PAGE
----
The game piece 10 may be provided in the form of three pop-out sections of a single piece of paperboard, and is assembled by first positioning the bottom end of the slot 16 adjacent to the top end of the slot 20, and then pushing the front panel 14 down over the side panel 18, until the top and bottom of each of the front panel 14 and side panel 18 are substantially in registry with each other. The dart 22 may then be pushed through the aperture 30 until the barbs 26 engage the disk 28. In use, the game piece 10 may be spun on the point 24 of the dart 22, essentially like a top. When the game piece 10 loses its rotational momentum to the point where it falls, it will fall on one of the sides 33, corresponding to one of the indicia 32. The game piece 10 may then be manipulated according to the randomly selected indicia 32 upon which it lands.

Another example of a game piece 36 is illustrated in FIGS. 6-9. The game piece 36 includes a statue 38 which in the illustrated example is a three-dimensional statue representing a character. The statue is disposed upon a base 40, having a substantially flat top wall 42 and bottom wall 44, and a substantially cylindrical side wall 46. A window 48 is defined within the top wall 42, and a slot 50 is defined within the side wall 46, for receiving an actuator 52 therein.

A disk 54 is disposed within the base 40. The disk 54 includes indicia 56 indicating various random outcomes, which in the illustrated example are random numbers. The disk 54 is structured so that sliding the actuator 52 from one end of the slot 50 to the other will rotate the disk 54. When the disk 54 stops rotating, one of the indicia 56 disposed about the periphery of the top surface 42 may be displayed through the window 48. The game piece 36 may then be manipulated according to this random outcome.

Yet another example of the game piece 58 is illustrated in FIGS. 10-13. The game piece 58 includes a statue 60 which, in the illustrated example, is a two-dimensional panel having a picture of a character thereon. A peg 62 extends from the bottom of the statue 60, where it may be received from the hole 64 defined within the base 66. The base 66 is substantially disk-shaped, and includes indicia 68 about the periphery of its top surface. The indicia 68 correspond to various random outcomes, which in the illustrated example are random numbers. In the illustrated example, the peg 62 and hole 64 are rectangular, thereby resisting rotation between the base 66 and statue 60.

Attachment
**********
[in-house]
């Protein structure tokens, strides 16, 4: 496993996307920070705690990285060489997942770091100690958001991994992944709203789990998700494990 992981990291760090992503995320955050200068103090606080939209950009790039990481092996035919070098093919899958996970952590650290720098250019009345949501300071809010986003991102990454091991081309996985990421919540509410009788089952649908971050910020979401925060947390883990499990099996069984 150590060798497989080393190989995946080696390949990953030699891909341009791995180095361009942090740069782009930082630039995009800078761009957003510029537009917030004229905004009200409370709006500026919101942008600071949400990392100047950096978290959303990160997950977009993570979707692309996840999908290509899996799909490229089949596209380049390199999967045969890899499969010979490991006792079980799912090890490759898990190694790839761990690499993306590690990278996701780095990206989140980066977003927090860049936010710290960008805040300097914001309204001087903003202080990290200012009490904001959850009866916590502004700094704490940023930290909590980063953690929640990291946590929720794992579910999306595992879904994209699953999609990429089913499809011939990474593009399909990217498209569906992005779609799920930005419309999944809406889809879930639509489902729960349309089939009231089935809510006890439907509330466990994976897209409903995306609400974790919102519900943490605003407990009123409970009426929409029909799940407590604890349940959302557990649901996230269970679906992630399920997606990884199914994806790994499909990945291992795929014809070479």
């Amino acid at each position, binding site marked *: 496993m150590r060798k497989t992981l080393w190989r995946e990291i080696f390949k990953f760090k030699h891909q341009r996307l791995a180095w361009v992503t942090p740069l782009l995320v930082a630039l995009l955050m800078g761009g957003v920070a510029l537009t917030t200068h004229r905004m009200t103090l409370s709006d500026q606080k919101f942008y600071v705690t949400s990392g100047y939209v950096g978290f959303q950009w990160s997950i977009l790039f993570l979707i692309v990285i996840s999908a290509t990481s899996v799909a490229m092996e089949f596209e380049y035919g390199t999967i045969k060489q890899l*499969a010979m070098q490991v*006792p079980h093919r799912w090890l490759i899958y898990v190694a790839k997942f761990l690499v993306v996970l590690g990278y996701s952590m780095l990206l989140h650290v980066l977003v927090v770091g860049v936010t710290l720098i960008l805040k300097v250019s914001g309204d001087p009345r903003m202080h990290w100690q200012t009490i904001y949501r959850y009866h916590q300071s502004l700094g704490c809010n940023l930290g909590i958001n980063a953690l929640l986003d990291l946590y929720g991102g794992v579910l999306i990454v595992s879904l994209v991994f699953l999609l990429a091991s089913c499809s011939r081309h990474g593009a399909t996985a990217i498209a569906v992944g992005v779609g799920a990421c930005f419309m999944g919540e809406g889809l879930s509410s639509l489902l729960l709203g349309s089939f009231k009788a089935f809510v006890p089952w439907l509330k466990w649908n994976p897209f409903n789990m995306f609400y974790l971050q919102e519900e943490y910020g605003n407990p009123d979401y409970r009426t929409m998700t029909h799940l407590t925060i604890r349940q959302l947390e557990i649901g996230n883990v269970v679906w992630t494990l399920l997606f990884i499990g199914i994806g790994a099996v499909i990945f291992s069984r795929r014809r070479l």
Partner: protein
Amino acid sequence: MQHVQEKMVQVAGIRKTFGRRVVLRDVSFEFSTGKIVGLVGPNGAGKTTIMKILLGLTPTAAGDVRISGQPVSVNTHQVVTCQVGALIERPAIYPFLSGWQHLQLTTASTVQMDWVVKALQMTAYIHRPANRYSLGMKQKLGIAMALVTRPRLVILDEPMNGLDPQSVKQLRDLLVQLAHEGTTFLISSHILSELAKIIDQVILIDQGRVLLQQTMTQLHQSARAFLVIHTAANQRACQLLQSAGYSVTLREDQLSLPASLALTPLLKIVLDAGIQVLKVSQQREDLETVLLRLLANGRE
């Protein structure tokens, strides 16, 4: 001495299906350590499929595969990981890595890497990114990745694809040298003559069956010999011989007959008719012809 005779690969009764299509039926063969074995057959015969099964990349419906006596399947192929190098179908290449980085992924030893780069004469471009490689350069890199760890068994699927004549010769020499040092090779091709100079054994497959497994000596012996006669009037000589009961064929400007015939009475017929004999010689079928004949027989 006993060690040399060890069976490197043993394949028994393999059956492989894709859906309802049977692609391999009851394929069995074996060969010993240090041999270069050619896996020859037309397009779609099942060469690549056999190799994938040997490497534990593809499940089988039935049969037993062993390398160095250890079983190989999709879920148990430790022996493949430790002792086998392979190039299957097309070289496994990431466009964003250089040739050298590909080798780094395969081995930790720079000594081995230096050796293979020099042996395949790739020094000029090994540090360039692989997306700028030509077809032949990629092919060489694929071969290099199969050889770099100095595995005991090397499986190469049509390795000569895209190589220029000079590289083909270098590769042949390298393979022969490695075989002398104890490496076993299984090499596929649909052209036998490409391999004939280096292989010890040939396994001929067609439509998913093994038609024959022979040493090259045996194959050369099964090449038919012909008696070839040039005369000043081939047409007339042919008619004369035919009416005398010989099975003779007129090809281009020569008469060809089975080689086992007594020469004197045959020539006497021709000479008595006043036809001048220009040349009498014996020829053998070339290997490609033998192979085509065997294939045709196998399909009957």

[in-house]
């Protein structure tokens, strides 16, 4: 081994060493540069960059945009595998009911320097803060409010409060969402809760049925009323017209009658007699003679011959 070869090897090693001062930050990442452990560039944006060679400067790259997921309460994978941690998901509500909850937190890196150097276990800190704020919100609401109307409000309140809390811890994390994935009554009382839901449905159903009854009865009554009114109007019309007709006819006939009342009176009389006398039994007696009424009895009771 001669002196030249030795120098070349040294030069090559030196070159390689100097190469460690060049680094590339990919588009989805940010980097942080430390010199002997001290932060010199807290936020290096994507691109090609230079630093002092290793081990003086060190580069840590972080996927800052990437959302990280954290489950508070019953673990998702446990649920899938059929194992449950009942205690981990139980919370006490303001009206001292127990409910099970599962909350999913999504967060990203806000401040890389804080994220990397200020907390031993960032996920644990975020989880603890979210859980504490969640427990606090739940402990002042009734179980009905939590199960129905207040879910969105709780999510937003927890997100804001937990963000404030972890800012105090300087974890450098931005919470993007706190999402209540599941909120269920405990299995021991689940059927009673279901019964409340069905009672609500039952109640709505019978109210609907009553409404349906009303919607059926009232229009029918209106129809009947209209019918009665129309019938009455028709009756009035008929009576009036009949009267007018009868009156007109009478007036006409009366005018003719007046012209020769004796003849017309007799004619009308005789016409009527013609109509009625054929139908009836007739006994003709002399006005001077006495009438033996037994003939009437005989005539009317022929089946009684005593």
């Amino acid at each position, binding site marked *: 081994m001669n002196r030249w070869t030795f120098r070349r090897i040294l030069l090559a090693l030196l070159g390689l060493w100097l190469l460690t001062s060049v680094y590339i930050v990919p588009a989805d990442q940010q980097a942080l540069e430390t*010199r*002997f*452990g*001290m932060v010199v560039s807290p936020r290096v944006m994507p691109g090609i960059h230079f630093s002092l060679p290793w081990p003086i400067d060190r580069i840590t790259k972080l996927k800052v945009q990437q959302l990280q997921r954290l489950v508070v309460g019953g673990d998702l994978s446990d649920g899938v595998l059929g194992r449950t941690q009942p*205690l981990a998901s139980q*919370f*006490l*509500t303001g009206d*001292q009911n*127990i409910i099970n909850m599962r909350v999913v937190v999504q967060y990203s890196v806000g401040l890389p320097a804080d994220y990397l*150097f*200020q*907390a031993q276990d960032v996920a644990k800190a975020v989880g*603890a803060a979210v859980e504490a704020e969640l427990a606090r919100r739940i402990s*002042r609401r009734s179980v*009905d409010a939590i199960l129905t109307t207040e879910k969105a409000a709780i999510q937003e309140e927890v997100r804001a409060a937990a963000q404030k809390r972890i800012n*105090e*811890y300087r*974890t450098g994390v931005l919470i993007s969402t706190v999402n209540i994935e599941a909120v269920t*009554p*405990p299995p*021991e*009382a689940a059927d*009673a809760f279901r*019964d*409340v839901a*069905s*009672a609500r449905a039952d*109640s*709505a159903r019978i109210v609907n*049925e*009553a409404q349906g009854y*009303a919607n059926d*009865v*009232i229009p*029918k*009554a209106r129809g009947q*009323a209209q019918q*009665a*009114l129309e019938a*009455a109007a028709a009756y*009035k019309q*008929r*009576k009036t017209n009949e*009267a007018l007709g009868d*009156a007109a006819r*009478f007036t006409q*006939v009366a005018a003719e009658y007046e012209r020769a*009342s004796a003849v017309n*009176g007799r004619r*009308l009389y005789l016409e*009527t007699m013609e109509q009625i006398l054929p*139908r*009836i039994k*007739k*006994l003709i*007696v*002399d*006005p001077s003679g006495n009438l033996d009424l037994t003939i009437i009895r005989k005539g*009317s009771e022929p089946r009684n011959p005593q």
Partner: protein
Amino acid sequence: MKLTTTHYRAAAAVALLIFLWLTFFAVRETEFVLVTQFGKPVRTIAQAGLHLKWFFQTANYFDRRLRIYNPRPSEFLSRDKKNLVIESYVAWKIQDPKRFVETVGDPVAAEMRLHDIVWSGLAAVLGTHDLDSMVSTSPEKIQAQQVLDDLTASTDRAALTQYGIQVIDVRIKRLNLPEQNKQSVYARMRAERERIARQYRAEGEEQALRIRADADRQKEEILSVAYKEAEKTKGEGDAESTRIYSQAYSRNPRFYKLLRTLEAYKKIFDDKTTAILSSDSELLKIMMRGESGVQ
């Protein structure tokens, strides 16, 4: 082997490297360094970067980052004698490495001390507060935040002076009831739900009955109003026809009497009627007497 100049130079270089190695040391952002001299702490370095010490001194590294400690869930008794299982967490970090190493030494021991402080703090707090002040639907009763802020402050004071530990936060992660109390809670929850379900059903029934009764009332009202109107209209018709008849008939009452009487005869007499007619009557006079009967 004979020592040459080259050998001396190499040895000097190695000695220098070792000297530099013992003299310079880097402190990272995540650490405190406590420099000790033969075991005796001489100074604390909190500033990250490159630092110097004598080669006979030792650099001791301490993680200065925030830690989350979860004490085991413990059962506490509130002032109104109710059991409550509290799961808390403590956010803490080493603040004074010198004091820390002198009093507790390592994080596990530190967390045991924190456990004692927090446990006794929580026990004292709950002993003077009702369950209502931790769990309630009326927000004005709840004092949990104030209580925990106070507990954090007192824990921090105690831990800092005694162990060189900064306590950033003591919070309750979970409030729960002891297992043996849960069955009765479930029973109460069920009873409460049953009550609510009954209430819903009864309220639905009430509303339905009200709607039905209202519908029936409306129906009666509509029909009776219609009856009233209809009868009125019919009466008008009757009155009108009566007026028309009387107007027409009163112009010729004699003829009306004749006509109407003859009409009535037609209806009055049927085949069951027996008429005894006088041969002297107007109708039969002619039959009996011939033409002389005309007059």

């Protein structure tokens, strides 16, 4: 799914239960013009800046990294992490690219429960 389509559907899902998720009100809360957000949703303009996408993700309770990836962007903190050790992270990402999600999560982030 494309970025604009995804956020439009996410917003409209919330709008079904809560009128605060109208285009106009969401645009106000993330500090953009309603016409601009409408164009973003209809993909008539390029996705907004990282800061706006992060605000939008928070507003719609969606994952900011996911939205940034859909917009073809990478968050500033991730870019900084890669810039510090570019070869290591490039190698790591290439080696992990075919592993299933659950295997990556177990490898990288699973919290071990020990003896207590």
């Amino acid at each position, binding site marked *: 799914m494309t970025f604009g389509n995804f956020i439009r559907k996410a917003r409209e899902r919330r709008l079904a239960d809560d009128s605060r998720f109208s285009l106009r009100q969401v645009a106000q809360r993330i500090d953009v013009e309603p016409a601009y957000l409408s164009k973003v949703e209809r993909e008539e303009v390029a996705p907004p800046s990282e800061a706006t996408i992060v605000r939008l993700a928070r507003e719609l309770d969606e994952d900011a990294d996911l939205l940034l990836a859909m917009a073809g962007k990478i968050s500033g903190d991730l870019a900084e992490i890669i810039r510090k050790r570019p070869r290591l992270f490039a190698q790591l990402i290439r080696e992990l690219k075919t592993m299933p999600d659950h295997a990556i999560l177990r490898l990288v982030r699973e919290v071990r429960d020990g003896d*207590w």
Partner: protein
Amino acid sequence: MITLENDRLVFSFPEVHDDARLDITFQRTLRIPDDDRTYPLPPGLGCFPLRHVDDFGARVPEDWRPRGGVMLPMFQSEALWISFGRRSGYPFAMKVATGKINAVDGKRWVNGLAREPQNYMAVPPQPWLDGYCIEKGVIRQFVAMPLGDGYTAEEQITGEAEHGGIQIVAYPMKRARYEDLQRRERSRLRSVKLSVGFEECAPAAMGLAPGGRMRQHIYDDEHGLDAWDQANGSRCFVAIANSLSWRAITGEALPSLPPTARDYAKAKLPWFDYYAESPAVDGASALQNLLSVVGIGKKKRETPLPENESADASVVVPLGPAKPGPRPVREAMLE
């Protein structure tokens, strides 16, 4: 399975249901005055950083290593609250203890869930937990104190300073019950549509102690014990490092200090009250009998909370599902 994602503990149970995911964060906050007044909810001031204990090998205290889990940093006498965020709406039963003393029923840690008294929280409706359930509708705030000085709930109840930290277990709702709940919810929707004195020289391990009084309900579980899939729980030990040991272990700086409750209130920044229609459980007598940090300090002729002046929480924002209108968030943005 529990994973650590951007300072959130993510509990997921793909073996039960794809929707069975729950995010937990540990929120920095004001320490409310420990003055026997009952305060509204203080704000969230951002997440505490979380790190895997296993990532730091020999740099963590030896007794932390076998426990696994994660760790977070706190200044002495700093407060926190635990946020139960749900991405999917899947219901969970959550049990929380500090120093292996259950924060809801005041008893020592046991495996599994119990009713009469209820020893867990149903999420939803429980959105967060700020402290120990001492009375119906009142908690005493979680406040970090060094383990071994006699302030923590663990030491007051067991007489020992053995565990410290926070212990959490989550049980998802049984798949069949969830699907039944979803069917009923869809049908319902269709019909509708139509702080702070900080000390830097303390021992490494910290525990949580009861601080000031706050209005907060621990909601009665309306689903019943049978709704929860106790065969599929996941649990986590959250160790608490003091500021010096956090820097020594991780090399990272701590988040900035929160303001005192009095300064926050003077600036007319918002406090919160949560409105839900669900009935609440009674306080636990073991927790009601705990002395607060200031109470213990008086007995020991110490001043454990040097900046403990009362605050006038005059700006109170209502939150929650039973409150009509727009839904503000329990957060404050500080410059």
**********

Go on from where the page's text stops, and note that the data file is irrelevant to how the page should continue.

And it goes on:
A spinner 70 is rotatably secured between the statue 60 and the base 66 by a hole 72 through which the peg 62 passes. The base further includes a pointer 74, which in the illustrated example includes a pair of projections defining a v-shape therebetween. In use, a player may spin the spinner 70, causing the spinner 70 to spin until friction brings it to a stop, at which point one of the indicia 68 will typically be disposed within the v-shape defined by the pointer 74. The game piece 58 may then be manipulated according to this random outcome.

The player game piece can be fabricated from any suitably rigid material, such as heavy gauge paper or cardboard, woods, metals, plastics, rubbers or synthetic resins, as are known in the art, by standard techniques for producing toy game pieces or figures. For example, the player game piece can be fabricated by injection molding from material such as acrylonitrile-butadiene-styrene terpolymer (ABS), or a polycarbonate and acrylonitrile-butadiene-styrene terpolymer blend (PC/ABS).

Referring to FIG. 14, another embodiment of the game piece 76 is illustrated. The game piece 76 includes a statue 78, which in the illustrated example is a three-dimensional representation of a character. The statue 78 is disposed upon a random outcome generator 80. The random outcome generator 80 includes a microprocessor with a structure to execute a random number generating algorithm, and then to display a random outcome based on the random number generated. The outcome may be the random number itself, or alternatively, may be instructions that are selected based on the random number that is generated. The random outcome generator 80 includes an actuator 82, which activates the random number generator 80 when depressed or otherwise manipulated. The random outcome generator 80 may further include a display 84, and/or a speaker 86, for communicating the randomly generated outcome.